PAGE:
Climate Change: Another Driver of Inflation


Post pandemic, global inflation has soared as consumer demand rebounded while supply tightened amidst labour shortages, global supply chain issues and rising commodity and energy prices triggered by the Ukraine-Russia conflict. While inflation rates appear to be plateauing, a near-term reduction remains unlikely as the war persists and much of the world faces food and energy shortages. Another factor that will continue to impact rates is climate change. Although often overlooked as an economic issue, climate change is a complex phenomenon that is directly and indirectly affecting the global economy. It will likely contribute to volatile inflation rates through multiple ways:

  1. Supply chain disruption — Natural disasters such as flooding, hurricanes, heat waves and droughts are occurring at increased and more damaging rates. These lead to supply chain issues increasing the cost and time to transport goods and dampen overall work productivity
  2. Volatile commodity prices — Natural disasters and rising temperatures will destroy arable land and harvests, limiting food supply and feedstock for many industries. Food supply is already constrained by the Russia-Ukraine conflict, which has likely destroyed at least 2 years of harvests in Ukraine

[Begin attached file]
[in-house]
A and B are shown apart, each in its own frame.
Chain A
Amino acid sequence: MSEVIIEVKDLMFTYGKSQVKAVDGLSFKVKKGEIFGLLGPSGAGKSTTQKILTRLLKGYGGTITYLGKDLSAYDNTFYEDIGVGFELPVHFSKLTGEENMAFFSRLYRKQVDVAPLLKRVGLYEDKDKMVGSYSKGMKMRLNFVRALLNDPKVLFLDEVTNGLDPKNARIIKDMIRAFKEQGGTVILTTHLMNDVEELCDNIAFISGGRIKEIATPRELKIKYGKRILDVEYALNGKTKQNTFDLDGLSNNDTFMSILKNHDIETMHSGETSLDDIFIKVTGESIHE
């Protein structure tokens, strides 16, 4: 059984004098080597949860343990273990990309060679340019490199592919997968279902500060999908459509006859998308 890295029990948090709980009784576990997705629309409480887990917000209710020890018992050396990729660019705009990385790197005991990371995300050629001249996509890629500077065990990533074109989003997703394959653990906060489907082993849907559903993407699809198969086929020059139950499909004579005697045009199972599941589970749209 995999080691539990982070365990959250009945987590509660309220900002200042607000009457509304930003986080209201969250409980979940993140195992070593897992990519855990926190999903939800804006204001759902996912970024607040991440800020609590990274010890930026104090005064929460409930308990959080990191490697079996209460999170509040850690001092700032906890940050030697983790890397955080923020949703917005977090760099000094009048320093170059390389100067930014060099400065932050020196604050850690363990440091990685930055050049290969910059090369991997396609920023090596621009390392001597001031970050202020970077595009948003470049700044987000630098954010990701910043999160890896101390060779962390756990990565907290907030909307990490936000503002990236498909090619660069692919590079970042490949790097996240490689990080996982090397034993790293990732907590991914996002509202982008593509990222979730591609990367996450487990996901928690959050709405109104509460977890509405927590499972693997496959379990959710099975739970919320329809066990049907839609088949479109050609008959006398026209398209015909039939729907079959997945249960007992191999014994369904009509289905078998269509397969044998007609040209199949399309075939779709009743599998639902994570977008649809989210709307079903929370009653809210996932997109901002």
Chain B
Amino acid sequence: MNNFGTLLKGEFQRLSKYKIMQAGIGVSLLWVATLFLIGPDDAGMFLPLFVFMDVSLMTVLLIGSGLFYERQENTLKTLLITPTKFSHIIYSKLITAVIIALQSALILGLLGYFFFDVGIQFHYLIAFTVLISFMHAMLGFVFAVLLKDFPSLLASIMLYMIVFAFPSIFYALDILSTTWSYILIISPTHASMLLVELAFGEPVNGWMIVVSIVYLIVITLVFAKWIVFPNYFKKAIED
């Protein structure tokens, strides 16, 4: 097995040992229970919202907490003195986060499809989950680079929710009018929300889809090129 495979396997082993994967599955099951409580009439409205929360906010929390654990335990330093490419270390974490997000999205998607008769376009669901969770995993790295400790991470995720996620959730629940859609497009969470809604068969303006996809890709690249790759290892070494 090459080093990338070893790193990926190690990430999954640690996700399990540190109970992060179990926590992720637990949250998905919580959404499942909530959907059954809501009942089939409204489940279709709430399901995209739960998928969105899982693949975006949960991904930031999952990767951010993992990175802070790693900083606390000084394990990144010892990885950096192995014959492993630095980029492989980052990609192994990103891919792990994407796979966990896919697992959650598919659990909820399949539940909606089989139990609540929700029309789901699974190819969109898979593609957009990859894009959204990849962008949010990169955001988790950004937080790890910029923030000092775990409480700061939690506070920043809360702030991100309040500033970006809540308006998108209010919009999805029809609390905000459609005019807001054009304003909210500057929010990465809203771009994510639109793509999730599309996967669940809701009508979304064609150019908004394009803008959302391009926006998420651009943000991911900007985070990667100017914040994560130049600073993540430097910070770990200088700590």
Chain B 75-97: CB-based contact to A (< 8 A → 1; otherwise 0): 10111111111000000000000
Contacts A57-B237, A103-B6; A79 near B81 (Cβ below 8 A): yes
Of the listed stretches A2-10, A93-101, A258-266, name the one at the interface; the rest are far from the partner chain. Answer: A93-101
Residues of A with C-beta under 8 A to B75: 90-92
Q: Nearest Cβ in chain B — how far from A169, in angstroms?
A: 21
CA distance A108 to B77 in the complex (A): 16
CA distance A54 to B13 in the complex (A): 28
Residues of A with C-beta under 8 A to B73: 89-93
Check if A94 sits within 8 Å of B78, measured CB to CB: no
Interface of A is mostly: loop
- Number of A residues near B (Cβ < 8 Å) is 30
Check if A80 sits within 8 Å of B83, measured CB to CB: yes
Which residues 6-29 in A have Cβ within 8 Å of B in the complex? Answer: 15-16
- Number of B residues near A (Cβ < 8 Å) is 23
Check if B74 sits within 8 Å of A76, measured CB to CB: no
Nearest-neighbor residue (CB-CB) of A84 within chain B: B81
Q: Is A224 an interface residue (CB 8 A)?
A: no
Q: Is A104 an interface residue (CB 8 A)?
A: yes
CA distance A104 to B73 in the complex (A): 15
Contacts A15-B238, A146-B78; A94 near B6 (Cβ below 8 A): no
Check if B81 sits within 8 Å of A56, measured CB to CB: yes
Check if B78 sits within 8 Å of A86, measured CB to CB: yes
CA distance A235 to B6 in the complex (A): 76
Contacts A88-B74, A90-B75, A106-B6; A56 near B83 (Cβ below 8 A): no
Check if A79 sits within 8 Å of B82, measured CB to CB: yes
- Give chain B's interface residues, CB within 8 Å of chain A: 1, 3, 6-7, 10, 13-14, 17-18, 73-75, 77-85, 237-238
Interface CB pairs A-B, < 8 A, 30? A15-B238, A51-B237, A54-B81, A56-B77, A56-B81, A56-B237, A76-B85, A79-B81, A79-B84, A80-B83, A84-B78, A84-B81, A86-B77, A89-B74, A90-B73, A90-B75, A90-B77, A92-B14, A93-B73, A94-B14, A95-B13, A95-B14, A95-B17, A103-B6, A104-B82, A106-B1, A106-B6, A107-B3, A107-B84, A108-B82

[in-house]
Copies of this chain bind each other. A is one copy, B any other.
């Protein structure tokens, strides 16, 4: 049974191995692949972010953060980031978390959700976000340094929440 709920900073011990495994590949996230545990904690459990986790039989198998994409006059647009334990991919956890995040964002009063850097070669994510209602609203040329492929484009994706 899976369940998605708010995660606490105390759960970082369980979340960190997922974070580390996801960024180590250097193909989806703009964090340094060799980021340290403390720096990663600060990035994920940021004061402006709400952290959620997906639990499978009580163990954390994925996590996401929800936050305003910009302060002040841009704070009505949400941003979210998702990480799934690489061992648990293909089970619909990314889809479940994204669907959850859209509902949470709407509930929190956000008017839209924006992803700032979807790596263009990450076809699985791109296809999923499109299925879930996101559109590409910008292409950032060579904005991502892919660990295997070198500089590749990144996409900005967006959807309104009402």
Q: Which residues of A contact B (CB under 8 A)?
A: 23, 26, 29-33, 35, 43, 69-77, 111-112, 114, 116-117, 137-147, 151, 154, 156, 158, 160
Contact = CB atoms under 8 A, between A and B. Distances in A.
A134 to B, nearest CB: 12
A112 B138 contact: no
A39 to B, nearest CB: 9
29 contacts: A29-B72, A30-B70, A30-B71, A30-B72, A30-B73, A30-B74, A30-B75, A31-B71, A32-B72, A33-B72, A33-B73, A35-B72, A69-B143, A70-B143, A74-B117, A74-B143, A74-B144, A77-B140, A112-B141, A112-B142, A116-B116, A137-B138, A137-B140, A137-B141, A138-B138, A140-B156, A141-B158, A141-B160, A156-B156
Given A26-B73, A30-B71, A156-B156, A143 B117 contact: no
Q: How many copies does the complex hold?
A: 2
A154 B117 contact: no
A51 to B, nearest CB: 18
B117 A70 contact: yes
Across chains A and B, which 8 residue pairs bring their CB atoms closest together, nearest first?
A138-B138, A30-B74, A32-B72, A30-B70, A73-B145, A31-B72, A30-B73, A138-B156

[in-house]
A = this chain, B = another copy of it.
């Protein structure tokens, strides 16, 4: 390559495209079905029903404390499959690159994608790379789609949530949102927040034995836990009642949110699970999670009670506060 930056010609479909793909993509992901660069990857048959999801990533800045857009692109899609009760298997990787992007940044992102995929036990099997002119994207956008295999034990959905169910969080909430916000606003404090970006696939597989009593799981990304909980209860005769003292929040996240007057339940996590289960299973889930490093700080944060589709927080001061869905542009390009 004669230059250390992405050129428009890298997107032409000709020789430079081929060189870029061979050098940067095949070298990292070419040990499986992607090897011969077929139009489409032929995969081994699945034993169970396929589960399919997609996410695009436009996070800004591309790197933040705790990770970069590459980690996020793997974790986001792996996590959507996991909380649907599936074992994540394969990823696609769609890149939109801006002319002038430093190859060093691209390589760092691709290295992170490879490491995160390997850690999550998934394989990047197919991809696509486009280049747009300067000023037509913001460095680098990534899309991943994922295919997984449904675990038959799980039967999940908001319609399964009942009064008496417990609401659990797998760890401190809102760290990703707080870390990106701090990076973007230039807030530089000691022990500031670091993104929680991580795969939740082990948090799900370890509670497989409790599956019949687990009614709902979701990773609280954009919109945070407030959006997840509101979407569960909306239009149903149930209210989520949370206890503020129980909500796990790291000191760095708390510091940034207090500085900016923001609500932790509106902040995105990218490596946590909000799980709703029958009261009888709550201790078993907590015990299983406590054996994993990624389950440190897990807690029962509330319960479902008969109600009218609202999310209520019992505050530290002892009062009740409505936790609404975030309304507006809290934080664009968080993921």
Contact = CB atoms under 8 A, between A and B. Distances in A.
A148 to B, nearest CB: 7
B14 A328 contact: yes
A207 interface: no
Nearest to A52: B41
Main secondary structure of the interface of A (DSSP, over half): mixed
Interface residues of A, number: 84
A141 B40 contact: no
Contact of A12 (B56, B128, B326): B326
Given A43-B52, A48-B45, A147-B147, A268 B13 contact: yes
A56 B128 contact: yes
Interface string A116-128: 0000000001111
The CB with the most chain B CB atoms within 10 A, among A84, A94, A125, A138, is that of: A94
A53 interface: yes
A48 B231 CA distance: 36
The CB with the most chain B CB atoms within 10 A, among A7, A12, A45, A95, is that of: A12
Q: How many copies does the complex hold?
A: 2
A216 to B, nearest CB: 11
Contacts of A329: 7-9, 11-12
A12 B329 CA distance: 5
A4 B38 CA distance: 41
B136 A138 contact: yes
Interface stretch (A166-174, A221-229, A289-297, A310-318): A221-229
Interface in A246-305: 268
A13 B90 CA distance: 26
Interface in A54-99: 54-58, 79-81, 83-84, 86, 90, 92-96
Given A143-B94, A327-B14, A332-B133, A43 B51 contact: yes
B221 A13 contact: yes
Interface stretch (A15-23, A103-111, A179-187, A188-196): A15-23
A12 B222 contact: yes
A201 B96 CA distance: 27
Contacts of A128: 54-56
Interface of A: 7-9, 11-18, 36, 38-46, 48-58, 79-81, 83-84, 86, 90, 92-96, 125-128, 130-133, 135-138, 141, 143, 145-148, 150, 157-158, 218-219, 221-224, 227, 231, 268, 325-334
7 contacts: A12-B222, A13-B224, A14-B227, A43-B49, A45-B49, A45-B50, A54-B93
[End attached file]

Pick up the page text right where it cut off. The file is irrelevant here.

3. Rising energy costs and ‘greenflation’ — Further climate-related regulation and the Climate Transition will not only rack up carbon prices but also metal and mineral prices, which are essential to renewable energy technologies
  4. Growing consumer demand — As the planet readapts to climate change, there will be huge demand for construction materials and labour to rebuild and repurpose infrastructure
  5. Mounting insurance premiums — Climate change will continue to trigger big insurance losses, in turn increasing insurance premiums. According to Matic, an insurtech platform, climate risks are expected to add as much as $183bn to annual premiums for property insurance by 2040
  6. Increased company costs — Businesses will incur higher production, maintenance and one-off costs to adhere to increased climate-change regulation and respond to climate change impacts on their business’

The rate and extent that climate change will impact the planet is unknown. What we do know is that it is already pervading our economy and significant changes will be needed for a path to recovery.